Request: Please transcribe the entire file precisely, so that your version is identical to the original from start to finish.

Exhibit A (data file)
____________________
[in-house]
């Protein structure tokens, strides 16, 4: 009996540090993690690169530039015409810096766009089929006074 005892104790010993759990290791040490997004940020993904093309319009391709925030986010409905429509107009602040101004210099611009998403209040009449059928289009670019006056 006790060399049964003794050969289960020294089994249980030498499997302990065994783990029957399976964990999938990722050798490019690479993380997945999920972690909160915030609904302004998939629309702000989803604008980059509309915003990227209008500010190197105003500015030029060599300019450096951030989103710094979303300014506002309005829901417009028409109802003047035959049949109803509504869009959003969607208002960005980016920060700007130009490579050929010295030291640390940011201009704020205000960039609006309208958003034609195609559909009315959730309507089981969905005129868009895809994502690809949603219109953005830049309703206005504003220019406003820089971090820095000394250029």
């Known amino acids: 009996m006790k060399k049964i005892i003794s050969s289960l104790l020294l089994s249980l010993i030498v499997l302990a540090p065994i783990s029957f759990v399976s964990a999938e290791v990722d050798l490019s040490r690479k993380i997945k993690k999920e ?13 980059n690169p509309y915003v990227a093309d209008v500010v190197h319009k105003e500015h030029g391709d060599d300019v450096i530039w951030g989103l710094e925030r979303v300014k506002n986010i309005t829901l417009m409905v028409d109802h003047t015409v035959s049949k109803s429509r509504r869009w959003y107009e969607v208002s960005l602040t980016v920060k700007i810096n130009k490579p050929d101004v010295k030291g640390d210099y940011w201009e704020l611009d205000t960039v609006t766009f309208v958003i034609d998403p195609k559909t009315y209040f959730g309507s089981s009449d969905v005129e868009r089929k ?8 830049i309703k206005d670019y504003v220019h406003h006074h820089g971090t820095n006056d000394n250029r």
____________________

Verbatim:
[in-house]
């Protein structure tokens, strides 16, 4: 009996540090993690690169530039015409810096766009089929006074 005892104790010993759990290791040490997004940020993904093309319009391709925030986010409905429509107009602040101004210099611009998403209040009449059928289009670019006056 006790060399049964003794050969289960020294089994249980030498499997302990065994783990029957399976964990999938990722050798490019690479993380997945999920972690909160915030609904302004998939629309702000989803604008980059509309915003990227209008500010190197105003500015030029060599300019450096951030989103710094979303300014506002309005829901417009028409109802003047035959049949109803509504869009959003969607208002960005980016920060700007130009490579050929010295030291640390940011201009704020205000960039609006309208958003034609195609559909009315959730309507089981969905005129868009895809994502690809949603219109953005830049309703206005504003220019406003820089971090820095000394250029």
């Known amino acids: 009996m006790k060399k049964i005892i003794s050969s289960l104790l020294l089994s249980l010993i030498v499997l302990a540090p065994i783990s029957f759990v399976s964990a999938e290791v990722d050798l490019s040490r690479k993380i997945k993690k999920e ?13 980059n690169p509309y915003v990227a093309d209008v500010v190197h319009k105003e500015h030029g391709d060599d300019v450096i530039w951030g989103l710094e925030r979303v300014k506002n986010i309005t829901l417009m409905v028409d109802h003047t015409v035959s049949k109803s429509r509504r869009w959003y107009e969607v208002s960005l602040t980016v920060k700007i810096n130009k490579p050929d101004v010295k030291g640390d210099y940011w201009e704020l611009d205000t960039v609006t766009f309208v958003i034609d998403p195609k559909t009315y209040f959730g309507s089981s009449d969905v005129e868009r089929k ?8 830049i309703k206005d670019y504003v220019h406003h006074h820089g971090t820095n006056d000394n250029r």